Greater sage-grouse (Centrocercus urophasianus) is the largest of all grouse species in North America. Adult males can reach weights exceeding 7 pounds and wing spans of 2½ feet. Females (hens) are about half that size. Sage-grouse are relatively long-lived and can often live 5 or more years after reaching adulthood. Sage-grouse are dependent on sagebrush communities for food and cover. They are referred to as a landscape species and migrate to different areas throughout the year. Sage-grouse typically need large, intact sagebrush landscapes to maintain sustainable populations. Spring is the mating season for sage-grouse as birds gather in an open area called a lek. Most leks are traditional sites used year after year. Early in the morning, several males try to attract females by performing an elaborate strutting display and by making “popping/bubbling” sounds with their inflatable air sacs. Hens will then choose which male they prefer. After breeding, hens build a nest usually within a few miles of a lek. A typical nest would contain six to eight eggs. After the chicks are hatched, they are dependent on insects and forbs to provide a nutritious diet. When the chicks are a few weeks old, the hen will move them to better habitat for late summer. As winter approaches, sage-grouse move to areas where sagebrush grows above the snow line to provide shelter and food.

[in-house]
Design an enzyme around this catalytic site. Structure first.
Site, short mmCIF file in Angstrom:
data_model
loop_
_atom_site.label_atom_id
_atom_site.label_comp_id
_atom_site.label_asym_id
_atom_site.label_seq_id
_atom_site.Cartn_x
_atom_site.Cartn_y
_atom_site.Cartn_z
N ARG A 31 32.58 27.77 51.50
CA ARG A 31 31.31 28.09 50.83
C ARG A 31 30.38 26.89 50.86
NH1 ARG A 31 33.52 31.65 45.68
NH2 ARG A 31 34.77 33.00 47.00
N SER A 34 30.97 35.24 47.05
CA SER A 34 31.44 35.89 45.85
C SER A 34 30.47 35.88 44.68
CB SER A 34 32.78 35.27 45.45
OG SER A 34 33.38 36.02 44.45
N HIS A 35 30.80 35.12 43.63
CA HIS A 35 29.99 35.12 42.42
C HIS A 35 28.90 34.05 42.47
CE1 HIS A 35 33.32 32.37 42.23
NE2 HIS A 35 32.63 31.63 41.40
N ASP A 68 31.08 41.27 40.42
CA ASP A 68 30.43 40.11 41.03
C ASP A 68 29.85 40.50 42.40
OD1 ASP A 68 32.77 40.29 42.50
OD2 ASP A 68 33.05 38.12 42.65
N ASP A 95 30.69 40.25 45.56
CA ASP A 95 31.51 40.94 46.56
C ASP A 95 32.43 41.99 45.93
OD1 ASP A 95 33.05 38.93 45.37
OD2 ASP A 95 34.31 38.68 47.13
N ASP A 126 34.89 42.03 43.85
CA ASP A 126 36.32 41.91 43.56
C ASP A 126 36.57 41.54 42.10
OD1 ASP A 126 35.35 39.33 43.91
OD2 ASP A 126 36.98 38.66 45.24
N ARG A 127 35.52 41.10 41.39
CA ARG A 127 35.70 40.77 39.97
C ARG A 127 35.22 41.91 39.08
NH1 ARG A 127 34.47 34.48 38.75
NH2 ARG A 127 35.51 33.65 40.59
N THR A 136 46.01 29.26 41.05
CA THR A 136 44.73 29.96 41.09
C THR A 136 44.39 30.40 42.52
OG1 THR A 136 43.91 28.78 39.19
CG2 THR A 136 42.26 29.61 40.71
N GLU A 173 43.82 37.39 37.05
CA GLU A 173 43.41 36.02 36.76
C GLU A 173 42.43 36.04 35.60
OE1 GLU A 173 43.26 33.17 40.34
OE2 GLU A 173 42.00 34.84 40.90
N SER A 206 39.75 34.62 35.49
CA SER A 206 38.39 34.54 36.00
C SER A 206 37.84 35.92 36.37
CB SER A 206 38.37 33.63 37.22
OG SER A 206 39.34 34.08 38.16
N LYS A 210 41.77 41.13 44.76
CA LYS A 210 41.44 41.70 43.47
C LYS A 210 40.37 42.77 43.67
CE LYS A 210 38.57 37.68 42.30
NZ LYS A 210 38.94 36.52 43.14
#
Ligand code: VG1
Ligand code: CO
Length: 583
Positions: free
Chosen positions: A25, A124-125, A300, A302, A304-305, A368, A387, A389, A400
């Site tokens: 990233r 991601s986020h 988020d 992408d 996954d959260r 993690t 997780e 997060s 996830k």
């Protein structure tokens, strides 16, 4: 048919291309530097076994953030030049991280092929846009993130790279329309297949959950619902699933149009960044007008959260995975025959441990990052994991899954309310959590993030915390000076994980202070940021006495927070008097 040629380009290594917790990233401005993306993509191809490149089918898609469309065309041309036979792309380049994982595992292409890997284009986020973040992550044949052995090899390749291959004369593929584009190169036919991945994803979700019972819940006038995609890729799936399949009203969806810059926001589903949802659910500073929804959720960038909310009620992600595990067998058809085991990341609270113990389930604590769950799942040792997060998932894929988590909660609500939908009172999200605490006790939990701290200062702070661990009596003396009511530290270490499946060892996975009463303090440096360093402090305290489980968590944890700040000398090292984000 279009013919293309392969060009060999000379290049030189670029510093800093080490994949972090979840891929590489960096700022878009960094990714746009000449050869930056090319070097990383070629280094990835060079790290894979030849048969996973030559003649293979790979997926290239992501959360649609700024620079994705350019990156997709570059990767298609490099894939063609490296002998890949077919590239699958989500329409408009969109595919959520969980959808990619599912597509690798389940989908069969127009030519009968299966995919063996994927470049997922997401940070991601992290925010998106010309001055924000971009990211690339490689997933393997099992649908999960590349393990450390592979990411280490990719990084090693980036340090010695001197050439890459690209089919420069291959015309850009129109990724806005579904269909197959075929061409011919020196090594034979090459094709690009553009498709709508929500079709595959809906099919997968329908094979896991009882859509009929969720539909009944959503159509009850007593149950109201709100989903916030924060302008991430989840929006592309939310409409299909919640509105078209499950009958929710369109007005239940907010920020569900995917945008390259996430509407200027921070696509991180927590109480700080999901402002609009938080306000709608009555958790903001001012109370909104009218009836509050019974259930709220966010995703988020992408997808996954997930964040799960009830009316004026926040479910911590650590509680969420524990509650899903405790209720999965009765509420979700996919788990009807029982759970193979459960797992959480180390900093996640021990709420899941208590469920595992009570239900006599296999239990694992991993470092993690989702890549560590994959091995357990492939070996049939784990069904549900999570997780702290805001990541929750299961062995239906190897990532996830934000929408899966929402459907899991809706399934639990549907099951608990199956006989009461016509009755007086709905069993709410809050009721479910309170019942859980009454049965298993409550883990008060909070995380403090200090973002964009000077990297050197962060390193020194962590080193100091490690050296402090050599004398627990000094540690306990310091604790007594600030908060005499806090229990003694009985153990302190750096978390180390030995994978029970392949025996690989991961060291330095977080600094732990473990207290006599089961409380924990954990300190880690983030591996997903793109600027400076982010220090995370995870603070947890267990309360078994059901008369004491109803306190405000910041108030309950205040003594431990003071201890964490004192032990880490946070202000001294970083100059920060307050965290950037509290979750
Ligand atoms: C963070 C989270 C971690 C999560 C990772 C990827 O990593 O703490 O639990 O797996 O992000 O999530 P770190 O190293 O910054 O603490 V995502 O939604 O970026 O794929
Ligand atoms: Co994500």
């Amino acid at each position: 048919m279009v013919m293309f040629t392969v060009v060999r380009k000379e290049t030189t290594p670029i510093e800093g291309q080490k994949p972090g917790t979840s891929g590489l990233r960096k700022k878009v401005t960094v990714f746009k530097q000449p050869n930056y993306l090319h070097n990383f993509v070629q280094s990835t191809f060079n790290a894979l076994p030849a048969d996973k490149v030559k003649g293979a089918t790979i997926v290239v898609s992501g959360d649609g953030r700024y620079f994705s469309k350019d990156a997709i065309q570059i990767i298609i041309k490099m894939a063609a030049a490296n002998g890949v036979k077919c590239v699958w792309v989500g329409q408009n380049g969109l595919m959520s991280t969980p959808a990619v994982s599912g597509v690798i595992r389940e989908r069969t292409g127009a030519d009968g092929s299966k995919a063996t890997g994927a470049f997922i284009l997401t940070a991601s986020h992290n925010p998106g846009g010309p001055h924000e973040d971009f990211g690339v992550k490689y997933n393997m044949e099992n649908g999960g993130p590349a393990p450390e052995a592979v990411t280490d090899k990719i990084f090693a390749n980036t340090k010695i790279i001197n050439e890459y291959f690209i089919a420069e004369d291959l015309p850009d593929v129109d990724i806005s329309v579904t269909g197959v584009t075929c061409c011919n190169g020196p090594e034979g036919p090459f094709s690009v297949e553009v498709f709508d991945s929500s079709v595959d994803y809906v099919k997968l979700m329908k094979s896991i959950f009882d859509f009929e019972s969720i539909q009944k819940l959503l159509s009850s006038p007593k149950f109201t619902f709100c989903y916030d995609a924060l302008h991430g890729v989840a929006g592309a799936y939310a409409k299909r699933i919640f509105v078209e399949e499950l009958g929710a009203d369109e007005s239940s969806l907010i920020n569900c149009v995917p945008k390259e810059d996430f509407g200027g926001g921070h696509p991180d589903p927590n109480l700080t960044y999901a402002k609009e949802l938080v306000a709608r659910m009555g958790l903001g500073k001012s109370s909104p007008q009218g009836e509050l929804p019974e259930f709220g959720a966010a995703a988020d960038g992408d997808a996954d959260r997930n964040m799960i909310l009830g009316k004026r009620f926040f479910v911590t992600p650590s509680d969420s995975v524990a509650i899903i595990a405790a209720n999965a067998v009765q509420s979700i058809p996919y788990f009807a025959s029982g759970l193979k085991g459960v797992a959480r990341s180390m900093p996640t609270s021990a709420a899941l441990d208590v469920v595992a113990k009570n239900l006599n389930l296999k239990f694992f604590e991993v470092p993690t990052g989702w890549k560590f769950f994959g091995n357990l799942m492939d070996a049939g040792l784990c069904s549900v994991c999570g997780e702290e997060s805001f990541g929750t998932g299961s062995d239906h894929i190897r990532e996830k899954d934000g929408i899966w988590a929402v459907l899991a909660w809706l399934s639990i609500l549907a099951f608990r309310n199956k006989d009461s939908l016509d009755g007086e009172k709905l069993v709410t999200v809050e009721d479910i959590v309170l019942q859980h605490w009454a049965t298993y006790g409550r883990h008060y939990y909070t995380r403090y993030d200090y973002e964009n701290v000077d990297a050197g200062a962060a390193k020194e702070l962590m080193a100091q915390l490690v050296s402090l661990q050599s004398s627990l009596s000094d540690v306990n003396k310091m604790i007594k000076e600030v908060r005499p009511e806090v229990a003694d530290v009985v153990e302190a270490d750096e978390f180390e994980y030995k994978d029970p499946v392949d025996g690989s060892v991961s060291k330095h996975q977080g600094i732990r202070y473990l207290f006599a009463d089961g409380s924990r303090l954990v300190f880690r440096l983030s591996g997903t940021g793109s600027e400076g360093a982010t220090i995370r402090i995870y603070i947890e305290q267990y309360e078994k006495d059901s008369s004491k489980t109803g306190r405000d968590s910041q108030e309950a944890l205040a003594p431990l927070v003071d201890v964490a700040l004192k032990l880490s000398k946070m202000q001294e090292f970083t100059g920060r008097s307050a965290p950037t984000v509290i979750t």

- Sage-grouse Initiative
- A Beginner’s Guide to Sage-grouse from USFWS
- Sage-grouse Habitat in Idaho. A Practical Guide for Land Owners and Managers
- Sage-grouse Habitat in Utah. A Guide for Landowners and Managers